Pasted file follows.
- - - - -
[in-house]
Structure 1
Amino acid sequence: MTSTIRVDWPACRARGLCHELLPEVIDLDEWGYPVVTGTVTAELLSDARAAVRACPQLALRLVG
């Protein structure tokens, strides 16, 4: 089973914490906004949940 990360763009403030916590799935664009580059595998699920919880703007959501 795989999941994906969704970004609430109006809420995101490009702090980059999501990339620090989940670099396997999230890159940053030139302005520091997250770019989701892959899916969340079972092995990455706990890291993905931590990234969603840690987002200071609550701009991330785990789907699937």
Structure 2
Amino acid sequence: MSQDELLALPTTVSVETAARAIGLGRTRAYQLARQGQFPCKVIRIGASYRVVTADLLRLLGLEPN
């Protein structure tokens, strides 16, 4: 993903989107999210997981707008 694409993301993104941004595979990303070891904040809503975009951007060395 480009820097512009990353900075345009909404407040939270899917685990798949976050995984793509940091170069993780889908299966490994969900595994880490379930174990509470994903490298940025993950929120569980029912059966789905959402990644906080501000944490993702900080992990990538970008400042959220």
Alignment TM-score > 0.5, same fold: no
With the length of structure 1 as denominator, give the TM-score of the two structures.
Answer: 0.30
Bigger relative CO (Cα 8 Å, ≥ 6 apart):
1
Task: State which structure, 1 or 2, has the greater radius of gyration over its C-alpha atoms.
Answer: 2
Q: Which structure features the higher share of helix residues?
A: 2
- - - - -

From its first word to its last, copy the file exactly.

[in-house]
Structure 1
Amino acid sequence: MTSTIRVDWPACRARGLCHELLPEVIDLDEWGYPVVTGTVTAELLSDARAAVRACPQLALRLVG
């Protein structure tokens, strides 16, 4: 089973914490906004949940 990360763009403030916590799935664009580059595998699920919880703007959501 795989999941994906969704970004609430109006809420995101490009702090980059999501990339620090989940670099396997999230890159940053030139302005520091997250770019989701892959899916969340079972092995990455706990890291993905931590990234969603840690987002200071609550701009991330785990789907699937």
Structure 2
Amino acid sequence: MSQDELLALPTTVSVETAARAIGLGRTRAYQLARQGQFPCKVIRIGASYRVVTADLLRLLGLEPN
């Protein structure tokens, strides 16, 4: 993903989107999210997981707008 694409993301993104941004595979990303070891904040809503975009951007060395 480009820097512009990353900075345009909404407040939270899917685990798949976050995984793509940091170069993780889908299966490994969900595994880490379930174990509470994903490298940025993950929120569980029912059966789905959402990644906080501000944490993702900080992990990538970008400042959220």
Alignment TM-score > 0.5, same fold: no
With the length of structure 1 as denominator, give the TM-score of the two structures.
Answer: 0.30
Bigger relative CO (Cα 8 Å, ≥ 6 apart):
1
Task: State which structure, 1 or 2, has the greater radius of gyration over its C-alpha atoms.
Answer: 2
Q: Which structure features the higher share of helix residues?
A: 2